Tashan, the high-end Indian restaurant from Tiffin founder Munish Narula will close after dinner service on Monday, September 7th.

The attractive restaurant opened almost exactly four years ago to excellent reviews but never became the hard-to-get a reservation, must-be-seen-at restaurant that Narula envisioned it would become, and many, including this site practically demanded it be.

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Ardmore “Cricket Lot” Cleared for Development

Rooftop rendering of One Ardmore Place | Image courtesy of Dranoff Properties.

Rooftop rendering of One Ardmore Place | Image courtesy of Dranoff Properties.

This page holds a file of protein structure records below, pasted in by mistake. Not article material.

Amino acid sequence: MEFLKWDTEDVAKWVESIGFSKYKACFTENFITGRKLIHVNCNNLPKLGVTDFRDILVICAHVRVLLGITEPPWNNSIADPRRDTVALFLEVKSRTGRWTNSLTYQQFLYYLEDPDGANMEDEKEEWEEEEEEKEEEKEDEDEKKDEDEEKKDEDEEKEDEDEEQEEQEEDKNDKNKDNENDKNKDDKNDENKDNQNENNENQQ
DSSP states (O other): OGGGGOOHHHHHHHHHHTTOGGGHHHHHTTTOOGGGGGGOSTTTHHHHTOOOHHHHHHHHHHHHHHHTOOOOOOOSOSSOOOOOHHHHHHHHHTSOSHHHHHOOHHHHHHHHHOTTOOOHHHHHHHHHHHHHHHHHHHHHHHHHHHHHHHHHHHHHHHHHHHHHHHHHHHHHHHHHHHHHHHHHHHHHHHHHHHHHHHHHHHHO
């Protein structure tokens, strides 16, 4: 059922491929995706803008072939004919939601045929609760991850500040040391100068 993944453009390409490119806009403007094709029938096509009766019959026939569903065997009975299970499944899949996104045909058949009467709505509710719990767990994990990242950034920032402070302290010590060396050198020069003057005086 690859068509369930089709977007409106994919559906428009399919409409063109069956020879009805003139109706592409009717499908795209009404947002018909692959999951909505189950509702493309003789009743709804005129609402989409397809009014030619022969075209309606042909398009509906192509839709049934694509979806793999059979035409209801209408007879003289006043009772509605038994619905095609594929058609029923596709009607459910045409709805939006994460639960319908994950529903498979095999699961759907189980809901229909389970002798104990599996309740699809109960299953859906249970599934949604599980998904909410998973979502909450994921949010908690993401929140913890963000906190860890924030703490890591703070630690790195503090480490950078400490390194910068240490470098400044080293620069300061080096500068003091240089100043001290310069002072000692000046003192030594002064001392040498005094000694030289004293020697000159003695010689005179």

After a settlement with business owners in Ardmore, Lower Merion Township has finally paved the way for Carl Dranoff’s One Ardmore Place project to be developed.

Dranoff will be able to go through with the development, reports, of One Ardmore Place on the former Cricket Avenue parking lot, which over the last year has been protested and maligned as harmful to business and not in line with the “character of downtown Ardmore.”

The lawsuit, brought by Ardmore business owners against Lower Merion Township in February 2015, contended that an access road — Haws Terrace — is public land and could not be sold to a private developer. Business owners claimed it was the only way for emergency personnel to reach their businesses in the Cricket parking lot area.

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Renderings: What South Street’s Historic Royal Theater May Soon Look Like